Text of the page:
The administration of Mayor Martin J. Walsh, who vowed to increase transparency at City Hall, took more than two months to respond to a request for basic payroll information showing employee salaries and new hires.
Walsh released some of the data Thursday afternoon after the Globe asked for comment on a story about the administration’s reluctance to release public records. Using the state’s open records law, the Globe requested the information in early December as part of an assessment of Walsh’s first year in office.
“It inexcusable. The stuff that has been released in the past can and will be released,” Walsh said in an interview. “It appears this is an internal breakdown that I’m not happy about. It will be fixed.”
Difficulty obtaining public records has troubled other city officials and government watchdogs. Councilor Charles C. Yancey said that while the Walsh administration had been forthcoming with quarterly financial data, he has been “disappointed” and “concerned” because it has been “very guarded” about contracts and payroll information.
Yancey has routinely sought payroll data and other information from mayoral administrations. Some of his requests have been thwarted by Walsh.
“Mayor [Thomas M.] Menino did a better job around transparency with personnel issues than the current administration,” said Yancey, who has served three decades on the council, spanning three mayors. “It’s easily rectified by the administration, but I certainly would not agree with anyone who said this is more transparent than the previous administration.”
The records released Thursday showed that since Walsh took office, the city has hired about 150 nonunion employees — the positions over which the mayor has most control. The data did not include all the information requested by the Globe, so a full analysis was not possible.
The largest number of nonunion hires came from ZIP codes in Walsh’s home neighborhood of Dorchester. Walsh has hired slightly more women than men, according to the data. The average salary was $62,000, although that figure could include part-time employees.
Since Walsh took office, about 166 nonunion employees resigned, were fired, or retired. The largest number lived in Dorchester, West Roxbury, and Hyde Park.
Government agencies are required to respond to a records request within 10 business days and provide the records “as soon as practicable” and “without unreasonable delay,” according to the secretary of state’s office.
“The bottom line is this is our government,” said Pam Wilmot, executive director of Common Cause Massachusetts. “It needs to be conducted in the light of day and not behind closed doors. We have laws that require it. Apparently, they are being flaunted.”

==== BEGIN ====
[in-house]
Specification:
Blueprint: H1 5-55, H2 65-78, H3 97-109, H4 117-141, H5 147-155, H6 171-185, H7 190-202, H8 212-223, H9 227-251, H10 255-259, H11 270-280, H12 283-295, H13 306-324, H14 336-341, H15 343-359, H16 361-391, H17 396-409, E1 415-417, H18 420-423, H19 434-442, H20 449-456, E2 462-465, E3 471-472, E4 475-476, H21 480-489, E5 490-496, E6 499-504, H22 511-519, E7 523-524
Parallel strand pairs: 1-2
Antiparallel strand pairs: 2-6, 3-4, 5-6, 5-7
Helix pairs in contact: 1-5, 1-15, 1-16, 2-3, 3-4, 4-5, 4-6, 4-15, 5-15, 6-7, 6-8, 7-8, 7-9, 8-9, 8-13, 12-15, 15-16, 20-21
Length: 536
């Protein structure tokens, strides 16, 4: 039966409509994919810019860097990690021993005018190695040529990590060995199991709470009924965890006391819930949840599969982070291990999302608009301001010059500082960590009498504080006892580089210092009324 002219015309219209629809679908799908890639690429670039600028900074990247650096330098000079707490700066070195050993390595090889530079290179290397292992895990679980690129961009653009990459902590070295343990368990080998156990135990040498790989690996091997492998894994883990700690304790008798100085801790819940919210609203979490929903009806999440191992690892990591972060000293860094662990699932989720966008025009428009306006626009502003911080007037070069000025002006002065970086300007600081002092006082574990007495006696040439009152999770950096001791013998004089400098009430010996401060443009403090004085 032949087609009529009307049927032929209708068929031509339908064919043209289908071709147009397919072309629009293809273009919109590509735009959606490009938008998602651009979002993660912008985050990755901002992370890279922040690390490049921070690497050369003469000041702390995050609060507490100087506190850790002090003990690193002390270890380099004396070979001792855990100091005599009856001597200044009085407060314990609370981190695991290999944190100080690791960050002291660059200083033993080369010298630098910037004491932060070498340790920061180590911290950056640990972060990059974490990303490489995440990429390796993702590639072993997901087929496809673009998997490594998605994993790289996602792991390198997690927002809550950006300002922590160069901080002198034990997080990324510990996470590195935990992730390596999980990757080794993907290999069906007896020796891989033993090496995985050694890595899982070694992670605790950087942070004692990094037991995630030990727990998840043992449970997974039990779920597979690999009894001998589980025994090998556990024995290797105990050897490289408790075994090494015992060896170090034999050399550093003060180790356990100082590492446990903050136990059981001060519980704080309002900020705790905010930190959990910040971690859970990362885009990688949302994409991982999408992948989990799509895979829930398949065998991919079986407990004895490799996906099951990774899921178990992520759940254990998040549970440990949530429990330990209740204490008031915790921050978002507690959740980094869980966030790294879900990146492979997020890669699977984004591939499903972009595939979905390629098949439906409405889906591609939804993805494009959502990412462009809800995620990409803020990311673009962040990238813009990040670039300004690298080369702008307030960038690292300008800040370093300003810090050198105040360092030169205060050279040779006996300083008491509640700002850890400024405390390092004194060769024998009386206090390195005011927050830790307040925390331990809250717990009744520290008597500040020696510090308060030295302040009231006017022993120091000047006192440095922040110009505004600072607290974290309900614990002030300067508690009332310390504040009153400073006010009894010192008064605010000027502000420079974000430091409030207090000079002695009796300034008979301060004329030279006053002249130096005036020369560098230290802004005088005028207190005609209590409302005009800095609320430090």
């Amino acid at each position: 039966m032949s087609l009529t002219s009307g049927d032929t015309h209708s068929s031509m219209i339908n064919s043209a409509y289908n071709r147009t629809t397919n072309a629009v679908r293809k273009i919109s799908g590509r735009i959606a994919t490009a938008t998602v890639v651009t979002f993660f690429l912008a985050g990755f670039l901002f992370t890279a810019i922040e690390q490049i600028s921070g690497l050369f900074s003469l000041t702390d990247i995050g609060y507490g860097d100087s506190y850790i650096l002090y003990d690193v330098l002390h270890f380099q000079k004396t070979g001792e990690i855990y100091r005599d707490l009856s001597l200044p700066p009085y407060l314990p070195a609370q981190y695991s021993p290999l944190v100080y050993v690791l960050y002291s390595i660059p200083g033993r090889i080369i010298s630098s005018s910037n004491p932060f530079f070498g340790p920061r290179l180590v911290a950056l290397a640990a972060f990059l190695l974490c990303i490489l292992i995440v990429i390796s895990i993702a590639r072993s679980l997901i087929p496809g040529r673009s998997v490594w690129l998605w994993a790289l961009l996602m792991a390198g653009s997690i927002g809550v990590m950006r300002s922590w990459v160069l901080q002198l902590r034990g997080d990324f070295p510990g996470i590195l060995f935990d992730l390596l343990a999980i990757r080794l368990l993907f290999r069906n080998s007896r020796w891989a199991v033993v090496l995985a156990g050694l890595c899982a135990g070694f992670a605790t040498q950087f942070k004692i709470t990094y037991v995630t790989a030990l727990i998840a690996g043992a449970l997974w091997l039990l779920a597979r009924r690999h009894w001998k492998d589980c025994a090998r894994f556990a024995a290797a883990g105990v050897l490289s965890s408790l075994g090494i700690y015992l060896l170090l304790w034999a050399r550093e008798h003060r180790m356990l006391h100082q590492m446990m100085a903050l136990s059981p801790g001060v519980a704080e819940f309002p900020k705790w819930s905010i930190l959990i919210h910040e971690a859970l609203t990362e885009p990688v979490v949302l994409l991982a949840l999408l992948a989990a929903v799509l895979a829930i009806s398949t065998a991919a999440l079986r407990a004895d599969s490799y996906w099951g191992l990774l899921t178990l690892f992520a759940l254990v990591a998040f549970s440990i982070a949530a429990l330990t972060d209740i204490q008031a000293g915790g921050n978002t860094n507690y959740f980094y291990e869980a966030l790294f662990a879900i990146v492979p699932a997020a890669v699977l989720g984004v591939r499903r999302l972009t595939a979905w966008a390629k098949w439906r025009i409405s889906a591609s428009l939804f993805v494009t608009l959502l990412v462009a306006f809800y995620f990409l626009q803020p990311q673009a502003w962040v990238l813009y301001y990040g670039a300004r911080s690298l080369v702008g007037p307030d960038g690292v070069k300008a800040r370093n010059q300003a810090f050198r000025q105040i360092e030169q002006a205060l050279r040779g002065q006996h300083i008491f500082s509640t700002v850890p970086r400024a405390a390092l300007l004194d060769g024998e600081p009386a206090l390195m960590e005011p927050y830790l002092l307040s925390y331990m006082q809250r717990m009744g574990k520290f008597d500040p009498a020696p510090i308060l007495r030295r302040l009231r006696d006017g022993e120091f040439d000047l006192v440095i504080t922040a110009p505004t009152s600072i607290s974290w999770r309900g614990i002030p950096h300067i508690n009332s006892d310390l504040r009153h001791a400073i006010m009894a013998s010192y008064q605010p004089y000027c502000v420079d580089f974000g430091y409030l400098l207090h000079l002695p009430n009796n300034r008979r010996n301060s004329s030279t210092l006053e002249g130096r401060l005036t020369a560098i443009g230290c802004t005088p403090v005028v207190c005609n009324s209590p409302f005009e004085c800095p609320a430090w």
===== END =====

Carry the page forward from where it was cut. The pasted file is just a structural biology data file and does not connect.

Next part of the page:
Before becoming mayor, Walsh served 16 years on Beacon Hill, where lawmakers exempted themselves from many of the state’s open record laws. As mayor, Walsh hired his longtime legislative colleague and confidant Eugene O’Flaherty to serve as the city’s chief lawyer.
Walsh said his team has sought guidance from the secretary of state’s office about releasing some records, such as names and addresses.
Walsh reiterated that “public records should be available.”
Under the Walsh administration, the Boston Police Department took 4½ months to provide its daily journals, which record police activity, information many police departments make public on a weekly basis. The city has refused to release reports about police officers charged with drunken driving or a log of its internal investigations of police officers. The city also has not fully responded to a request for documents on its affordable housing program.
In December, the Globe sued in Suffolk Superior Court, challenging the administration’s decision to withhold racial and ethnic data for city employees. Menino regularly released the information, but the Walsh administration has cited privacy concerns.
When Walsh took office in 2013, his first wave of hires included predominantly white men. During his first year in office, Walsh said he made a concerted effort to change hiring practices at City Hall. The city hired a chief diversity officer, Walsh said, and diversified the police command staff, while adding more people of color to the mayor’s Cabinet.
The administration has asserted that the city’s workforce is 3 percentage points more diverse than when Walsh took office but has not provided data to back it up.
“I have no way of evaluating whether that’s true or not because I haven’t seen the real numbers,” said Yancey, who received race and gender data several times a year from the Menino administration. “It’s important because we need to have a city government that not only reflects the demographic makeup of the city but that reflects a high level of empathy for all the residents — white, black, rich, poor.”
To test the administration’s diversity's claim, the Globe requested race or ethnicity data for all city employees. In the request, the Globe stated the city could withhold names. The Walsh administration has not provided the information, although it said Thursday it would soon. Walsh said he understood the desire to check his claims. “I think it’s important to have a check and balance system,” Walsh said.
Delays in providing public records, the mayor said, was “not acceptable to me.”
“You can’t talk about transparency,” Walsh said, “and not back it up.”
Andrew Ryan can be reached at email@example.com.